1.5 Non-molecular substances
Non-molecular substances defy attempts to pick out discrete molecules from their structures. One example is common salt, NaCl, which is built up from the tiny cubes shown in Figure 10a. Look first at the sodium at the centre of the cube.
What kind of atom is closest to the sodium, and how many of them are there?
The sodium is surrounded by six chlorines at the centres of the cube faces.
The six chlorines lie at the corners of a three-dimensional figure called a regular octahedron (a solid figure with eight faces; see Figure 10b). The formula NaCl for sodium chloride is an empirical formula: it merely tells us that in sodium chloride there are equal numbers of sodiums and chlorines. This condition is automatically fulfilled when many cubes of the Figure 10a type are joined through their faces. But Figure 10 provides no evidence that NaCl is the molecular formula of sodium chloride. Indeed, quite the opposite, because the six chlorines around the sodium in Figure 10a all lie the same distance away. There are no grounds for singling out just one of them and coupling it with the sodium as an NaCl molecule. There is no evidence of discrete NaCl molecules in the solid; NaCl is a non-molecular compound, and the concept of a 'molecular formula' is not appropriate in solid NaCl.
Similar considerations apply to silicon dioxide or silica, SiO2. This is the main component of sand, and it has the same type of empirical formula as carbon dioxide. In solid carbon dioxide, two of the oxygen atoms around each carbon were much closer than the others, so we could identify a CO2 molecule. However, in silica (Figure 11), each silicon atom sits at the centre of a tetrahedron of oxygen atoms: the silicon is surrounded by four oxygen atoms, all at the same distance of 162 pm. There is no evidence of discrete SiO2 molecules.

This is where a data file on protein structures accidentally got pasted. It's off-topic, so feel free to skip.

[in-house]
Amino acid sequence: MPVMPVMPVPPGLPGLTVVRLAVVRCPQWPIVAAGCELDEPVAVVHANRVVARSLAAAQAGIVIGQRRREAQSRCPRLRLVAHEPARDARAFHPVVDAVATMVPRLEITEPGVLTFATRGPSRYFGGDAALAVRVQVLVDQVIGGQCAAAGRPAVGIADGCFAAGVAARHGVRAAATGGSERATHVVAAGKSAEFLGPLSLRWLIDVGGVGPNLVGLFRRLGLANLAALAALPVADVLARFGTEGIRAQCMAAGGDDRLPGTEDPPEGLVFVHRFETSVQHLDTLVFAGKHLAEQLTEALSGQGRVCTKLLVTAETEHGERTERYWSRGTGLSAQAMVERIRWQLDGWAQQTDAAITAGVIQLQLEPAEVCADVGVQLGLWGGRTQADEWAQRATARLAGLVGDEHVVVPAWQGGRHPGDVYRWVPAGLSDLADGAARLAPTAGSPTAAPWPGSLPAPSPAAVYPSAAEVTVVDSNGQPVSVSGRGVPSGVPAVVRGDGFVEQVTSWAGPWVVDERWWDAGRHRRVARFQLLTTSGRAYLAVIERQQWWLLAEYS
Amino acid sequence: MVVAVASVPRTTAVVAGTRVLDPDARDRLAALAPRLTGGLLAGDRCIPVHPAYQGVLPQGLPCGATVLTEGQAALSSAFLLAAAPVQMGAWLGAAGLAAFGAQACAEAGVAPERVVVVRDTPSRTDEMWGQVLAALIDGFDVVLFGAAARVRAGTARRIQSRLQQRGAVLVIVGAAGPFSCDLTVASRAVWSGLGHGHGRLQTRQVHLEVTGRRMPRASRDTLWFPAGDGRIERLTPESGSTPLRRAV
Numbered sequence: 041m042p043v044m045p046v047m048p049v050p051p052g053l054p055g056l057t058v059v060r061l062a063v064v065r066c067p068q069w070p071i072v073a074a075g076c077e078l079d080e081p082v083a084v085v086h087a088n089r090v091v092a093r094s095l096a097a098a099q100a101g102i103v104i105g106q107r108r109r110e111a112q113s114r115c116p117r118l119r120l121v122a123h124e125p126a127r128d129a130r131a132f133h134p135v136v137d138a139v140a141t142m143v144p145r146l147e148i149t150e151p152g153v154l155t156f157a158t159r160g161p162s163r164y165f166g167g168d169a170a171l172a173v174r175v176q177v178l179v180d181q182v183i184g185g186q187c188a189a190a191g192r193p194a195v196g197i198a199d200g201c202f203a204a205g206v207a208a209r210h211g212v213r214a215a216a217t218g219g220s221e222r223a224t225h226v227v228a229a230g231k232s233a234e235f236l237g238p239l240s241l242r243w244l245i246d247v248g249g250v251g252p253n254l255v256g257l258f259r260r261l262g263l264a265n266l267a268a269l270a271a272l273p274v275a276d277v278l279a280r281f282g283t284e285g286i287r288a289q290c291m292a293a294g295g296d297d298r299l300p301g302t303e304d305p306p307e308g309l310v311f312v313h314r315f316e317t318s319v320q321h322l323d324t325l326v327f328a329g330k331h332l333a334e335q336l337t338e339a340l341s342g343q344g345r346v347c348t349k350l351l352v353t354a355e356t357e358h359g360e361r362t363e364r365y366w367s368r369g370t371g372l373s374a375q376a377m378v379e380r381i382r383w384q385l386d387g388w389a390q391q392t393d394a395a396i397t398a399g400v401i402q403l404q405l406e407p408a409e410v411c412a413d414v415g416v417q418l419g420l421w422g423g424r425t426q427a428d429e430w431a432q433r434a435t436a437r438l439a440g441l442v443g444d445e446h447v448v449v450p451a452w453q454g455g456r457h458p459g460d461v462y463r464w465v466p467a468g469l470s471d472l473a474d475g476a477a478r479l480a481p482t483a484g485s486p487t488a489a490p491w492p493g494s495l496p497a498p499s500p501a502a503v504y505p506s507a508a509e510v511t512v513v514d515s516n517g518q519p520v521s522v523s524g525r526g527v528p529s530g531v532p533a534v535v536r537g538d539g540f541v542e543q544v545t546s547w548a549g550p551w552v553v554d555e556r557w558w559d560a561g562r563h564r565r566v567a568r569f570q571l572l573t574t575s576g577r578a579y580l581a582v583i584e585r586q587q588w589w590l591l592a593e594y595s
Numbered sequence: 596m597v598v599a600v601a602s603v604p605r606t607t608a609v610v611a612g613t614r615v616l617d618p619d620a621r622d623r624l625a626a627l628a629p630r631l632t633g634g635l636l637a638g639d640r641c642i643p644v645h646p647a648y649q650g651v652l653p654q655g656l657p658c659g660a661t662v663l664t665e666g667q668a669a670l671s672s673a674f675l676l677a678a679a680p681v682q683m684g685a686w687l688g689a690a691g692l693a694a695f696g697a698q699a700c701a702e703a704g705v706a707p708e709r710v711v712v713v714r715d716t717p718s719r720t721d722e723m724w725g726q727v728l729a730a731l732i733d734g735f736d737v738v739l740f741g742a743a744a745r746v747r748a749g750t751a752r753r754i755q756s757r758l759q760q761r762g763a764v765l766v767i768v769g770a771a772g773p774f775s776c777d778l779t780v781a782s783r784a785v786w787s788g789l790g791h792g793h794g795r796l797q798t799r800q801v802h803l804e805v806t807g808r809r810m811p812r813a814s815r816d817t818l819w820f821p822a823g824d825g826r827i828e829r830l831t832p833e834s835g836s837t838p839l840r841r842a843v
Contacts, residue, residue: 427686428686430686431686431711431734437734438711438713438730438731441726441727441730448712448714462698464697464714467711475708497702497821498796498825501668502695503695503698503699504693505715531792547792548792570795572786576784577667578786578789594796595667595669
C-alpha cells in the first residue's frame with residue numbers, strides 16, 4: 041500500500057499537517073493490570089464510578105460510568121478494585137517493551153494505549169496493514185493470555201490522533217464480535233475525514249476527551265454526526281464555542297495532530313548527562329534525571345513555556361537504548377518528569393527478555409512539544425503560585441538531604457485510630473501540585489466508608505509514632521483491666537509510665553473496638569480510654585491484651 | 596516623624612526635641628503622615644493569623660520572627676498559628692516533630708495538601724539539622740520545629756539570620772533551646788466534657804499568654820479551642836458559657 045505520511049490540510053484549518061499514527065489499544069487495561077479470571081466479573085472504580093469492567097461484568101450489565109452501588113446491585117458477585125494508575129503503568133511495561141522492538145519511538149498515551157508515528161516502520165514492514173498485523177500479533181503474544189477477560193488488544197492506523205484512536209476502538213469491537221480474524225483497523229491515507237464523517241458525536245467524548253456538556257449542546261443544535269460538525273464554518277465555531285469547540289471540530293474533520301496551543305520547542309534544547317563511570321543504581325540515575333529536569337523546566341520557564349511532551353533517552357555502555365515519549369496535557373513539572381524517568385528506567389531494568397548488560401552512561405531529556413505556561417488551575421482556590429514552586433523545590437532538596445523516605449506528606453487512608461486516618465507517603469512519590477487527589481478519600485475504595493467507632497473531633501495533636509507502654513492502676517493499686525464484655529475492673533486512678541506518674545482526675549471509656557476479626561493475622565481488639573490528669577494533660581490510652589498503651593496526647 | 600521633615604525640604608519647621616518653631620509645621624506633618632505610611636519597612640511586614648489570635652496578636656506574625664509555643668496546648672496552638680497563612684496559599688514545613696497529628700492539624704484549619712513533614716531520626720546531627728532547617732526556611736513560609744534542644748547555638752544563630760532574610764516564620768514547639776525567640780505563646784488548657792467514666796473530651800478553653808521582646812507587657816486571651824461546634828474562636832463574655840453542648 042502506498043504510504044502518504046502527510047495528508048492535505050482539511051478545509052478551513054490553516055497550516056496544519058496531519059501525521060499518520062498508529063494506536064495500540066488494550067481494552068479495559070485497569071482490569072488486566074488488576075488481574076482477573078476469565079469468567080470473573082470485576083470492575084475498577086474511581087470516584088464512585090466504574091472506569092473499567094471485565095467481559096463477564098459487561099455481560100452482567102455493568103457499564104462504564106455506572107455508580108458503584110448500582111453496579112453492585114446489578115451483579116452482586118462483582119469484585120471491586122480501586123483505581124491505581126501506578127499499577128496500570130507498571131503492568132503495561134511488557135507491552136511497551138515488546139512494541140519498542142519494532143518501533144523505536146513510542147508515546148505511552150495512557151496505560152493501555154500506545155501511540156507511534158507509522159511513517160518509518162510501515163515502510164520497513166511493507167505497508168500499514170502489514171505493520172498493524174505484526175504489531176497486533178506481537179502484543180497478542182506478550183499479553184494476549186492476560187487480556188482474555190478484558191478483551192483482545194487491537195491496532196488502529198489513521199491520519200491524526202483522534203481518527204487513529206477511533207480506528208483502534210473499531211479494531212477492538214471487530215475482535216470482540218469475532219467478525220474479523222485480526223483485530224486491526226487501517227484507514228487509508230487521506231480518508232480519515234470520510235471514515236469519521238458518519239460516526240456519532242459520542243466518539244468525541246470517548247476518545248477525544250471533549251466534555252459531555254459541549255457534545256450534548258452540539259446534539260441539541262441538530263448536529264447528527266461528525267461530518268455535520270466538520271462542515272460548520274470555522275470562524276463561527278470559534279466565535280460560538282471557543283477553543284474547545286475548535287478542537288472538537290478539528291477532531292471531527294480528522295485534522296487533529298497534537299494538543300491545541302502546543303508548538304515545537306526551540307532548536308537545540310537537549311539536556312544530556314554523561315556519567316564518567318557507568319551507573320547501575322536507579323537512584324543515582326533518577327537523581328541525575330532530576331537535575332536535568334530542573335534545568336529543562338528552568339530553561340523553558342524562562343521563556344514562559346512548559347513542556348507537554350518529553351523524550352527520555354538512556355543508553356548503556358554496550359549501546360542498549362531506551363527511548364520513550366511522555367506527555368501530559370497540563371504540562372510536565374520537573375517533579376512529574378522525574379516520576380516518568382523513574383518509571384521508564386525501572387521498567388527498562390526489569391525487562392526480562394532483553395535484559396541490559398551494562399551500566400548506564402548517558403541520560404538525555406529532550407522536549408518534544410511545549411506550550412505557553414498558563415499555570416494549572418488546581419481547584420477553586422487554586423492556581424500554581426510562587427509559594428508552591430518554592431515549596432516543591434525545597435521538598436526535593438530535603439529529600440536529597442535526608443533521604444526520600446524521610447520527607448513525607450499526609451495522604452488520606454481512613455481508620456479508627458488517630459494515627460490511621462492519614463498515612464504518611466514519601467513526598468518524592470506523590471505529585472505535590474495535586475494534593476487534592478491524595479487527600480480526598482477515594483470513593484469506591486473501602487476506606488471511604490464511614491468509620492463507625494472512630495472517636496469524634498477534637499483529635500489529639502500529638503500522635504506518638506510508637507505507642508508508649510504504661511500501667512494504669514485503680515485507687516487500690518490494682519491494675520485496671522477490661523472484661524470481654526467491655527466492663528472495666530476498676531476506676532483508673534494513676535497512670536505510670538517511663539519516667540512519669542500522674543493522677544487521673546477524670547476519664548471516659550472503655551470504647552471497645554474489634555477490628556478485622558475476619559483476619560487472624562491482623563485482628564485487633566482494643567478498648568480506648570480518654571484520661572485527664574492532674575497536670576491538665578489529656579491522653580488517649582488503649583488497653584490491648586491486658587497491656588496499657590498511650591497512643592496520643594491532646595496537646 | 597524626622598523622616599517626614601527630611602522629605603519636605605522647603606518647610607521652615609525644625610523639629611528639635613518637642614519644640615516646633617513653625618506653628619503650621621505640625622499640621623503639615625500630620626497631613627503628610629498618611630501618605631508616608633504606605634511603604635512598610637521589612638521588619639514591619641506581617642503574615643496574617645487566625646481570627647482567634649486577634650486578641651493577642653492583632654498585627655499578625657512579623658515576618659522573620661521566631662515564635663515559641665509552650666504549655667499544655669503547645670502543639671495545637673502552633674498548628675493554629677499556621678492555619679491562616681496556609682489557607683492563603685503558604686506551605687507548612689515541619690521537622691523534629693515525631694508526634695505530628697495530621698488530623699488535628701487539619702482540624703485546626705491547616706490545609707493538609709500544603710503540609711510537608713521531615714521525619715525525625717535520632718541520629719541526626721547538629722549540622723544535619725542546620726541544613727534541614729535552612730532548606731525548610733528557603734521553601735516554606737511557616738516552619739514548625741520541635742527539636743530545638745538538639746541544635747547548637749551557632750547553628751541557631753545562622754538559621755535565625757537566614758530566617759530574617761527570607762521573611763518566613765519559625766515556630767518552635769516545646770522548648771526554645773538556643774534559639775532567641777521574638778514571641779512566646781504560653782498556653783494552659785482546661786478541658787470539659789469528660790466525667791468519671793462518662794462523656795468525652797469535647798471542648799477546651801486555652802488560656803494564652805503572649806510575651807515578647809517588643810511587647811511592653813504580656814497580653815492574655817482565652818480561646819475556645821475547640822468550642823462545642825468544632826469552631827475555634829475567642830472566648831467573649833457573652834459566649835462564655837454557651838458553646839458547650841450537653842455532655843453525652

Most of the chemical elements are non-molecular substances. Figure 12 shows the environment of each atom in diamond and metallic aluminium. In diamond (Figure 12a), there are four surrounding carbon atoms at the corners of a regular tetrahedron, and the C—C distance is 154 pm. In aluminium (Figure 12b), there are twelve surrounding aluminium atoms, and the Al—Al distance is 286 pm. There is no justification for dividing the structure up into molecules containing two or more atoms. Any such 'molecule' extends throughout a crystal of the substance, and its formula will vary with the crystal size. For this reason, the phrase extended structure is sometimes used to describe non-molecular substances.
In Figures 12a and 12b, the extension occurs in three dimensions, but it may sometimes reveal itself in only one or two. Figure 13 shows the structure of graphite, the form of carbon used in pencil 'leads'. There are regular hexagons of carbon atoms arranged in parallel sheets. Within the sheets, the C—C distance is only 142 pm, but the shortest distances between the sheets is 340 pm.
If one regards a single crystal of graphite as an extended structure, does the extension occur in one, two or three dimensions?
In two; the internuclear distances allow us to break the structure up into two-dimensional sheets extending throughout the entire crystal.
These sheets, however, are not repeating molecules because, again, their size varies with the size of the crystal. Graphite is therefore classified as a non-molecular substance with an extended structure.
Figures 12a and 13 show that the element carbon occurs in different solid forms, each of which has a different structure. These different solid forms of the same element are known as allotropes (or polymorphs). Phosphorus, sulfur and tin are other examples of elements that occur as more than one allotrope.